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Child Psychologist: Career Profile

Child psychologists help children with mental and behavioral disorders, as well as those who have experienced traumatic events, such as automobile accidents or deaths in the family. These professionals observe a child's interactions and behavior patterns in order to interpret and assess why a child acts the way he or she does.

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Job Description of a Child Psychologist

Child psychologists apply their understandings of behavior, emotions and feelings to help children deal with problems. These problems may be psychological, such as depression, or personal like those resulting from turbulent past experiences. Personal problems for children may also come from family issues like the absence of a parent or problems with development, including self-esteem and confidence issues.

Child psychologists may work as researchers, studying the actions of children and seeking to find specific patterns or providing answers for development. Child psychologists also work in support or supervision of social workers in a clinical setting. These psychologists are uniquely equipped to deal with childhood-specific issues of emotional development and substance abuse. In this capacity, child psychologists may try to help children understand consequences and avoid bad habits.

Educational Requirements to Become a Child Psychologist

Careers in child psychology typically require doctoral degrees. The training includes the basics of psychology pertaining to child development, family systems and learning processes. Some coursework in child psychology programs may include the academic study of pharmacology. Most programs require students to perform research on an issue in the field, like economic or biological factors that affect child development.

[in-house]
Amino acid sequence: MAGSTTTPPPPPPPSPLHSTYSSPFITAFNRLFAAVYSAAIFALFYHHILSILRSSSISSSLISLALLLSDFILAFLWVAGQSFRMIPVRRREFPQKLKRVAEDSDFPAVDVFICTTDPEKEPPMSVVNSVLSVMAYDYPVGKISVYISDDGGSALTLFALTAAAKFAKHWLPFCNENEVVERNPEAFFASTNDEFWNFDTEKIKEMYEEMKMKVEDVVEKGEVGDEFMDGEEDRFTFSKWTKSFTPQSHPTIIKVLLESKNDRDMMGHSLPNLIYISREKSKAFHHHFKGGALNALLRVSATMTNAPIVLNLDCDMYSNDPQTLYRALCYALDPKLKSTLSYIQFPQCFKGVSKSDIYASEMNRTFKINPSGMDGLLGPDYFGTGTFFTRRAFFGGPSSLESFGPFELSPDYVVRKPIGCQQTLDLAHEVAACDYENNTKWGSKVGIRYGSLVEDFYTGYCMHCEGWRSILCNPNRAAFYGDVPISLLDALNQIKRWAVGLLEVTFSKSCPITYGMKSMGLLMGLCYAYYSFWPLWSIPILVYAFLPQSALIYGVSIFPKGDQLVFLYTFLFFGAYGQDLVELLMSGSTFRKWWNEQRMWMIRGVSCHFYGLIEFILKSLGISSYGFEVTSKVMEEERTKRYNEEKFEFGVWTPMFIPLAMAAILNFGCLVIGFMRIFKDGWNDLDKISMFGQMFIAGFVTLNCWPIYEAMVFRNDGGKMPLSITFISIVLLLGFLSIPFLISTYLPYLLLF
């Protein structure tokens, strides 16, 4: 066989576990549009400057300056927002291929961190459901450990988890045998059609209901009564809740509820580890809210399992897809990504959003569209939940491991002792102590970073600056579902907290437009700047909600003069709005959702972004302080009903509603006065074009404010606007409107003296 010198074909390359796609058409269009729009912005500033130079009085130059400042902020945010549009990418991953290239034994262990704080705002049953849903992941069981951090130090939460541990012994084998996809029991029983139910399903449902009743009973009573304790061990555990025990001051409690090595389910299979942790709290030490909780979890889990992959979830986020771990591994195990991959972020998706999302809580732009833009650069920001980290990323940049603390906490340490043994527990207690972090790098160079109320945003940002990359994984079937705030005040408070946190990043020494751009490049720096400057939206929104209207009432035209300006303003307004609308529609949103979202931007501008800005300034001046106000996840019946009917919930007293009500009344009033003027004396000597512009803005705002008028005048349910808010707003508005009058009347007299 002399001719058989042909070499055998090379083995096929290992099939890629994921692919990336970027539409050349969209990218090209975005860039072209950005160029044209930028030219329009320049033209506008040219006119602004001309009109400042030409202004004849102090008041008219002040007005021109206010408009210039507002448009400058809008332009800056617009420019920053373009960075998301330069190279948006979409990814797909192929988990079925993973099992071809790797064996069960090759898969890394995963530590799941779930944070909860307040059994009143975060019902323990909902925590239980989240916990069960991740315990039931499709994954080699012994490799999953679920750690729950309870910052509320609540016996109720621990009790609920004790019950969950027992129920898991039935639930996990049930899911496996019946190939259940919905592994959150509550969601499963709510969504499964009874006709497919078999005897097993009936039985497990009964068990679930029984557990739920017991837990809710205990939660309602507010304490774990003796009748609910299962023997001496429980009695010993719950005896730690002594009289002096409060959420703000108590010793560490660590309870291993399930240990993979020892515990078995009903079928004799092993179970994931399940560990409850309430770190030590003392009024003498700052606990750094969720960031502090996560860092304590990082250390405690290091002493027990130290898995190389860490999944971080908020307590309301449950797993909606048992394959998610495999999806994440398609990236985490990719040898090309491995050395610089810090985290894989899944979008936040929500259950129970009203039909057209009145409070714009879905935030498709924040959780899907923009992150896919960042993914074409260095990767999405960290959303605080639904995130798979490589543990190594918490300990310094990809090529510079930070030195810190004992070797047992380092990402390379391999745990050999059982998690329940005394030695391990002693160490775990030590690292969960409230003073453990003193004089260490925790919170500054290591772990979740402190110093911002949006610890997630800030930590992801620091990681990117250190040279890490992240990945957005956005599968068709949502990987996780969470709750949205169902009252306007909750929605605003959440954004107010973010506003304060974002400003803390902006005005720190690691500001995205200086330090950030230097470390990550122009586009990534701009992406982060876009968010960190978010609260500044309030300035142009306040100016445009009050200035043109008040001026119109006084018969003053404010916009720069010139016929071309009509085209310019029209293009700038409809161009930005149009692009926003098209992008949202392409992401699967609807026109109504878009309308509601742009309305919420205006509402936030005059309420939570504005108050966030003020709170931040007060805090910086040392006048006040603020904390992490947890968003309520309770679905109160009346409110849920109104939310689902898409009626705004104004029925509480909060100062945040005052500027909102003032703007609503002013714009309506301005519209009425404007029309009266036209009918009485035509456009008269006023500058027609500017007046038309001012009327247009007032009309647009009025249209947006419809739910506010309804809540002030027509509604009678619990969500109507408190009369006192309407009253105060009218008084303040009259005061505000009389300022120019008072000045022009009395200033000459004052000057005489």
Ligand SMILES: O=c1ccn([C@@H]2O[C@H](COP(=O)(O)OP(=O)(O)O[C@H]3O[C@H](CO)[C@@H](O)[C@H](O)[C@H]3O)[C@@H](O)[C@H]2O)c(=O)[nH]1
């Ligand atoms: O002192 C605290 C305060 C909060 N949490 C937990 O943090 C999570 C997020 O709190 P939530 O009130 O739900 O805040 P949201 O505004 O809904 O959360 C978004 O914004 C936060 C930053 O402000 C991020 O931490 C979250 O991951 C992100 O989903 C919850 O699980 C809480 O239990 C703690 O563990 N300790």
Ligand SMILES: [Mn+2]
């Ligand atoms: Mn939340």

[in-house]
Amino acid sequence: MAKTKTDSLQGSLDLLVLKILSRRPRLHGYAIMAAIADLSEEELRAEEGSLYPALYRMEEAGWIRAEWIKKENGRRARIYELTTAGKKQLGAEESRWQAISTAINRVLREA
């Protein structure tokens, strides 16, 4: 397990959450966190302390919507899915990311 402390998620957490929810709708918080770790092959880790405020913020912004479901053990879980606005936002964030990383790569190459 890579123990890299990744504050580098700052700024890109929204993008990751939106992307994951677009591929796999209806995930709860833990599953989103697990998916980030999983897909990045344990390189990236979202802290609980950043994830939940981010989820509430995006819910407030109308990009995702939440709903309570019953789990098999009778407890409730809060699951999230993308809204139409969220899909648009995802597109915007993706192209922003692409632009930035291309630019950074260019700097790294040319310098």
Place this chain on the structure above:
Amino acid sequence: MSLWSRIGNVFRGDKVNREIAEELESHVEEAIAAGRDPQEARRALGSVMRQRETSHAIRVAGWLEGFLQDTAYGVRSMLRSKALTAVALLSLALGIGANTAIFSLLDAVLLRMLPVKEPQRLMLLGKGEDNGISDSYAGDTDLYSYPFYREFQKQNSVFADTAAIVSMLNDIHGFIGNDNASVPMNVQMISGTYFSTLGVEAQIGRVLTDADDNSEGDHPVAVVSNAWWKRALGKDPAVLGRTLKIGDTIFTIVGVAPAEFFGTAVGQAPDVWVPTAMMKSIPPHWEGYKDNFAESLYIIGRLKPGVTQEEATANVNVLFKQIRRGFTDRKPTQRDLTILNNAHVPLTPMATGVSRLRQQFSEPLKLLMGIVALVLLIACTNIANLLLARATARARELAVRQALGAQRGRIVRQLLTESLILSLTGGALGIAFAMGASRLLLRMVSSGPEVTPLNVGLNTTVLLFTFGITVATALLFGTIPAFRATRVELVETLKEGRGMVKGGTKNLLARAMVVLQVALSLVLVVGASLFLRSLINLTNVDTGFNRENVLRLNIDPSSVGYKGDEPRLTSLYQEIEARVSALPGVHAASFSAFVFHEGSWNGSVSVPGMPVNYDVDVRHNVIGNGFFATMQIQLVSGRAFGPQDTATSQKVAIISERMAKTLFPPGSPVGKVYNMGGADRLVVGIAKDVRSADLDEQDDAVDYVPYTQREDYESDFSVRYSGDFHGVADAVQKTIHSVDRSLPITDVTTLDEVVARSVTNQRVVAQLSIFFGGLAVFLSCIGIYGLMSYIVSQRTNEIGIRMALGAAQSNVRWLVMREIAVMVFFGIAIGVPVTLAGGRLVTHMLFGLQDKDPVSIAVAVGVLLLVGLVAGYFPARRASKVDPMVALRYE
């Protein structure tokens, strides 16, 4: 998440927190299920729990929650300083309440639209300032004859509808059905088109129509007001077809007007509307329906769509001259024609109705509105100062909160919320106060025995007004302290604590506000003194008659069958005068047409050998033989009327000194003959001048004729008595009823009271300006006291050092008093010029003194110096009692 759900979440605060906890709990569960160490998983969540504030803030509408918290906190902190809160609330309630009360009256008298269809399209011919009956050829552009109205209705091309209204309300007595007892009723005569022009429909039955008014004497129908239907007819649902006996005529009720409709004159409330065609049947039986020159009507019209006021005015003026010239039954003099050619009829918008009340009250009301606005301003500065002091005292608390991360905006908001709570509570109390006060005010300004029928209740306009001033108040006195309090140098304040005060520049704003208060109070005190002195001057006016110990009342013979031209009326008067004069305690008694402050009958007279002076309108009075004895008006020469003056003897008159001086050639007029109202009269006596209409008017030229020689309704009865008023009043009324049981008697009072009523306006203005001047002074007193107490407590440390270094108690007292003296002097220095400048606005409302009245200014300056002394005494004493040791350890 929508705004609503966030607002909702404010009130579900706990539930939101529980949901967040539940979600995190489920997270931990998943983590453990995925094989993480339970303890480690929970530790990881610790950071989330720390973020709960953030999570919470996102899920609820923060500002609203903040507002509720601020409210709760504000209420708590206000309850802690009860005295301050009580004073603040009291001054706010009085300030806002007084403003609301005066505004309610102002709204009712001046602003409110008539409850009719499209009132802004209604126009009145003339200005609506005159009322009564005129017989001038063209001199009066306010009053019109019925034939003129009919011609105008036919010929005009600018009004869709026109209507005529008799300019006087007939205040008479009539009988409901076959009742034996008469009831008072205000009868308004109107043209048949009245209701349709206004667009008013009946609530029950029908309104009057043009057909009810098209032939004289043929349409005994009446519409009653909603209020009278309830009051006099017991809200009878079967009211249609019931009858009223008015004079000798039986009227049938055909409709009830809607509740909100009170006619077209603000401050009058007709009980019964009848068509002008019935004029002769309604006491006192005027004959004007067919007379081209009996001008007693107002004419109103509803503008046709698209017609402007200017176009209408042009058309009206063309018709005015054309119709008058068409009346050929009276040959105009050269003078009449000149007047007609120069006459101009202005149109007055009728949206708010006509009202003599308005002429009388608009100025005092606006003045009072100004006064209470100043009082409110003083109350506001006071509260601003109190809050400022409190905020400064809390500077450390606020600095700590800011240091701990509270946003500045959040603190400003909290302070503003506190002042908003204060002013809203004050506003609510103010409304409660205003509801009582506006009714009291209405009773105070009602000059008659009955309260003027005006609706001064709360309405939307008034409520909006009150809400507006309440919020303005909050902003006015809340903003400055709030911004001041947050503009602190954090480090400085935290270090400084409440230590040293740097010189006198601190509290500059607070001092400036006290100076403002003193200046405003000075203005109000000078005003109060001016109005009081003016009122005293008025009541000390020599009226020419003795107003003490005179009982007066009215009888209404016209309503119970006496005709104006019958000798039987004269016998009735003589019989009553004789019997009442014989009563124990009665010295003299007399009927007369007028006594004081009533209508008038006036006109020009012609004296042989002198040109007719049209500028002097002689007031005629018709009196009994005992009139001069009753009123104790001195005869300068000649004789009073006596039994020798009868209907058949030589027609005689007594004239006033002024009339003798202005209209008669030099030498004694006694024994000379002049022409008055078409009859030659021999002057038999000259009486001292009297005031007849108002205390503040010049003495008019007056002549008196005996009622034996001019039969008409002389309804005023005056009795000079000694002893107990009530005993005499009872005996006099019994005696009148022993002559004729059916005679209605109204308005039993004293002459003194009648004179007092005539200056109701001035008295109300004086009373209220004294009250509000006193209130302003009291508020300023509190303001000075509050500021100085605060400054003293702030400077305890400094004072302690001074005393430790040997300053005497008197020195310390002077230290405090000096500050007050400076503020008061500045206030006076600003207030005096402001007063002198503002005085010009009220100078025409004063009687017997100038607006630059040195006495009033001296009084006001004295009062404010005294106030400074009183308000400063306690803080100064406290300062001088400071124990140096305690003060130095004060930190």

In addition to their studies, students are generally required to complete a 1-year internship. During the internship, students may monitor, observe and assess children for behavioral or other disorders. Other duties may include administering personality tests and researching the effects of medical drug treatments.

Career Outlook for a Child Psychologist

The U.S. Bureau of Labor Statistics (BLS) indicated that employment opportunities for clinical, counseling and school psychologists were expected to increase by 22% between 2010 and 2020 (www.bls.gov). Increased demand from government, social service agencies and schools in light of further mental health awareness should cause the child psychology field to grow.

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Source: Bureau of Labor Statistics